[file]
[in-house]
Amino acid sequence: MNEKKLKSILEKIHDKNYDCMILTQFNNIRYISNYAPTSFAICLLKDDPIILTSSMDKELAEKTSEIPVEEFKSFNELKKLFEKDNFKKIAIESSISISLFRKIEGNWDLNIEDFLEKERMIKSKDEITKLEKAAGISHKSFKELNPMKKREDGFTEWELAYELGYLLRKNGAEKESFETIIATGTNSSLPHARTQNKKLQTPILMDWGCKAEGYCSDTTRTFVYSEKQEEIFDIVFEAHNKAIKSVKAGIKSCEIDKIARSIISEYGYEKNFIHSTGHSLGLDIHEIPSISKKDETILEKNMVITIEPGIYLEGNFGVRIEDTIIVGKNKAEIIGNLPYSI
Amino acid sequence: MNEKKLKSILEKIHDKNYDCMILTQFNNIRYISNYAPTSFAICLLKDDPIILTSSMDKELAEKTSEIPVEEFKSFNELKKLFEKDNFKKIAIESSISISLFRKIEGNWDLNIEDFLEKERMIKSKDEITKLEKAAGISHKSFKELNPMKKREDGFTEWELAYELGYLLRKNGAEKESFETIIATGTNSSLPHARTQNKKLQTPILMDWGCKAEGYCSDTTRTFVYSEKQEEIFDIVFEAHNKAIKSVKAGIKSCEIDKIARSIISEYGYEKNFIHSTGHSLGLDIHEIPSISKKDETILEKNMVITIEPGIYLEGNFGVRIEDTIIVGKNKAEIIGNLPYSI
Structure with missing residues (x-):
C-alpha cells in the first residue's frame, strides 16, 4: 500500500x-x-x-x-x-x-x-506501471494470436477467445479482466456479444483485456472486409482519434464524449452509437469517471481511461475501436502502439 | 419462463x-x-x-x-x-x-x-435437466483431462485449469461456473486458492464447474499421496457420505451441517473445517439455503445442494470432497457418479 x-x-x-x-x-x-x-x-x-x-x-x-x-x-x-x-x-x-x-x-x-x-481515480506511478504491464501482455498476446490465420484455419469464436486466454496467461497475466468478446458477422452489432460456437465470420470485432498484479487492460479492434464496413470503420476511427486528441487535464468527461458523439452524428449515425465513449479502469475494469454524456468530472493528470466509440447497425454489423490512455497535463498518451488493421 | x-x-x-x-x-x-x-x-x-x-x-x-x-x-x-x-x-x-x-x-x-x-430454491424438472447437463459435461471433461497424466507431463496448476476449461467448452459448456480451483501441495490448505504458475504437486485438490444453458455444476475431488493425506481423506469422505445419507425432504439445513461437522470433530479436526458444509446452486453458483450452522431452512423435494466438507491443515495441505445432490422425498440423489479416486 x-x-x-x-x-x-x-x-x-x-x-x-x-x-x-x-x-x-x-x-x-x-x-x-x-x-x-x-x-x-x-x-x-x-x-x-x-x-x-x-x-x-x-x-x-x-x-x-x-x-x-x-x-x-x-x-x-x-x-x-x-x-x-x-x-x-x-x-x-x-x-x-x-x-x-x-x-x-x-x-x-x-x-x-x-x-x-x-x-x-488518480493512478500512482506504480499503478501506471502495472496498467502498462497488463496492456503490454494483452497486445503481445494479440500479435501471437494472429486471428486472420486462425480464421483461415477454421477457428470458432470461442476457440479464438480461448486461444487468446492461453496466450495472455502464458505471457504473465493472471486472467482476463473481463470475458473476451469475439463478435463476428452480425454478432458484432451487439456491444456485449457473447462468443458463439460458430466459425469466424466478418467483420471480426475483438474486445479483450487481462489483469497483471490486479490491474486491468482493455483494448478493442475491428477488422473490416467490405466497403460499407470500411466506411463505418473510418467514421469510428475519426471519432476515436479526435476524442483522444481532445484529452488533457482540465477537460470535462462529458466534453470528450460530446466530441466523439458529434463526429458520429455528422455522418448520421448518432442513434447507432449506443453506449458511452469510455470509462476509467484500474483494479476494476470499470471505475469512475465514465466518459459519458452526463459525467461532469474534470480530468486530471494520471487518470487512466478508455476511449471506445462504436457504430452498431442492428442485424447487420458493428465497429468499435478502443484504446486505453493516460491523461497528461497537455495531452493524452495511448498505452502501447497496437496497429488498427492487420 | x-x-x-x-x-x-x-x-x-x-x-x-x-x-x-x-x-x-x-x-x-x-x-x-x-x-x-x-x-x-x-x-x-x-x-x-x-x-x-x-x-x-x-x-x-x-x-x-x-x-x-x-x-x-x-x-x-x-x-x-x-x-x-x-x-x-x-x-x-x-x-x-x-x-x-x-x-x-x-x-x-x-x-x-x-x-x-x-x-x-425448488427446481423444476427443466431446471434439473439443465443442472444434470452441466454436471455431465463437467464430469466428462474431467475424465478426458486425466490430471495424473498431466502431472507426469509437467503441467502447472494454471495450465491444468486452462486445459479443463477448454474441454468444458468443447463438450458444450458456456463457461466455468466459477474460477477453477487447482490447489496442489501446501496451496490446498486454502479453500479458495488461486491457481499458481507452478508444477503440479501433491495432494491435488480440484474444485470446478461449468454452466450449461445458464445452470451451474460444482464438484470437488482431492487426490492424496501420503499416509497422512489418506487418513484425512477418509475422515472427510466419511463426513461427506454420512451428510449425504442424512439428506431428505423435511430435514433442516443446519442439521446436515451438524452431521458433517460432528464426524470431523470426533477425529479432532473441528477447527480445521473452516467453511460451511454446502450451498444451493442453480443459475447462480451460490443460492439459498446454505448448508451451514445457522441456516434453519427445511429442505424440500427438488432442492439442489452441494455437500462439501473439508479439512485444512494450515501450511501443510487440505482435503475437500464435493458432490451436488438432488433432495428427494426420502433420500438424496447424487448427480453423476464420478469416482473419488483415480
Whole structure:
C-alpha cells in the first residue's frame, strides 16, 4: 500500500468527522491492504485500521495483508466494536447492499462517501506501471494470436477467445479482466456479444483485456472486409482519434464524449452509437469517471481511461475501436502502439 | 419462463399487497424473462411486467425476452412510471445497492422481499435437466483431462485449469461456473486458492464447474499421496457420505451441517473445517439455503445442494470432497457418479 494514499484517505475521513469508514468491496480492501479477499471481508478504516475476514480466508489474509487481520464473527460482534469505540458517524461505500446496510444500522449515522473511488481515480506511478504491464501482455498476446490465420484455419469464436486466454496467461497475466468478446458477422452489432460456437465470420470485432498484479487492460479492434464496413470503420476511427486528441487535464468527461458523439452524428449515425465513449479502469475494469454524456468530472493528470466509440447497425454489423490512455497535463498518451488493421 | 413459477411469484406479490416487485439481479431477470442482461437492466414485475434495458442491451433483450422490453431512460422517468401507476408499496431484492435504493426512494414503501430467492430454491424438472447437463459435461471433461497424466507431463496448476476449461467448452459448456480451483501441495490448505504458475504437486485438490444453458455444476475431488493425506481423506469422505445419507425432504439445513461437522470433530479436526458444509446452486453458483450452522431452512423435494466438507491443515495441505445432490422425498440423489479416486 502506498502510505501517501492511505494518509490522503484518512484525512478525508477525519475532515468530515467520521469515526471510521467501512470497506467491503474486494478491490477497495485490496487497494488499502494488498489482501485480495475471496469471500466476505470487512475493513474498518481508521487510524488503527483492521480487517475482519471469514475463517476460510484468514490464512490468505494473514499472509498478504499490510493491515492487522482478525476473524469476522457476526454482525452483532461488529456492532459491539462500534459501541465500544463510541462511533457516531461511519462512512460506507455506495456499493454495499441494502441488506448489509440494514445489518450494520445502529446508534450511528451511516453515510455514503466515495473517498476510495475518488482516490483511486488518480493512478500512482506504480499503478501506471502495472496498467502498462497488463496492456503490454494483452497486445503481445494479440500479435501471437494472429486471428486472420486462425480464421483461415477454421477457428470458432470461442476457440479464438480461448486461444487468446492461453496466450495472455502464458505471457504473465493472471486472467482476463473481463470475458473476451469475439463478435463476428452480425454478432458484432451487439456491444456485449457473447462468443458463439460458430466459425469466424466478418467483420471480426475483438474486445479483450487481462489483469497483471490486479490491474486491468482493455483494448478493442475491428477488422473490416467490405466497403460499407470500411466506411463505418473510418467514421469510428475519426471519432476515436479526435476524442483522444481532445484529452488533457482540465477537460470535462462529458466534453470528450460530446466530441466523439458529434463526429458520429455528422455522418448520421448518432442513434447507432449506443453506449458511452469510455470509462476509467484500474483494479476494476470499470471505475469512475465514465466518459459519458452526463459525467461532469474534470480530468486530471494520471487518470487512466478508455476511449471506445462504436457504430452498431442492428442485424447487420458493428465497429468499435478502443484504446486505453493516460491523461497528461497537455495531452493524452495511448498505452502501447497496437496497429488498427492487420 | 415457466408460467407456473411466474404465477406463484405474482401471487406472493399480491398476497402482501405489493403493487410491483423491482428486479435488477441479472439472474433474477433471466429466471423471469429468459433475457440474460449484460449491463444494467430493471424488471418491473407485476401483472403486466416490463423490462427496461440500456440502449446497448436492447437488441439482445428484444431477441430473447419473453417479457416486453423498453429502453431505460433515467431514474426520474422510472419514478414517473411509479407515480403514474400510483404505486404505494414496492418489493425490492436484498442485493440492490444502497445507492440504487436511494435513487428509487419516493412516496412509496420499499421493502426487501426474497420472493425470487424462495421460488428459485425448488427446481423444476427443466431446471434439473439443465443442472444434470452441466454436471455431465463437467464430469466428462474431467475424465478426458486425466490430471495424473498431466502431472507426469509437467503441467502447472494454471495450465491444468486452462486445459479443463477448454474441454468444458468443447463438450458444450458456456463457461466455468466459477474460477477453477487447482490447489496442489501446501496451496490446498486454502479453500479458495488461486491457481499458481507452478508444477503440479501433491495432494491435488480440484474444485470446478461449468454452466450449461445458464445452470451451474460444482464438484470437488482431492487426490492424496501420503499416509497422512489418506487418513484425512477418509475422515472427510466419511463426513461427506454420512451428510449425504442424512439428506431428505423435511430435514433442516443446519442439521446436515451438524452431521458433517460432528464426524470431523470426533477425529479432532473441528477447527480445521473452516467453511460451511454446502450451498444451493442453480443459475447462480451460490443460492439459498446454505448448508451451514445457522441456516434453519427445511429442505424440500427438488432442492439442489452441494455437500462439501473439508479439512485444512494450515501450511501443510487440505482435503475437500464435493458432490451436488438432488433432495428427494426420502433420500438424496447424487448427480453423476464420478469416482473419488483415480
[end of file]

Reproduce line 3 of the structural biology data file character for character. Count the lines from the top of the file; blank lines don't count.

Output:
Amino acid sequence: MNEKKLKSILEKIHDKNYDCMILTQFNNIRYISNYAPTSFAICLLKDDPIILTSSMDKELAEKTSEIPVEEFKSFNELKKLFEKDNFKKIAIESSISISLFRKIEGNWDLNIEDFLEKERMIKSKDEITKLEKAAGISHKSFKELNPMKKREDGFTEWELAYELGYLLRKNGAEKESFETIIATGTNSSLPHARTQNKKLQTPILMDWGCKAEGYCSDTTRTFVYSEKQEEIFDIVFEAHNKAIKSVKAGIKSCEIDKIARSIISEYGYEKNFIHSTGHSLGLDIHEIPSISKKDETILEKNMVITIEPGIYLEGNFGVRIEDTIIVGKNKAEIIGNLPYSI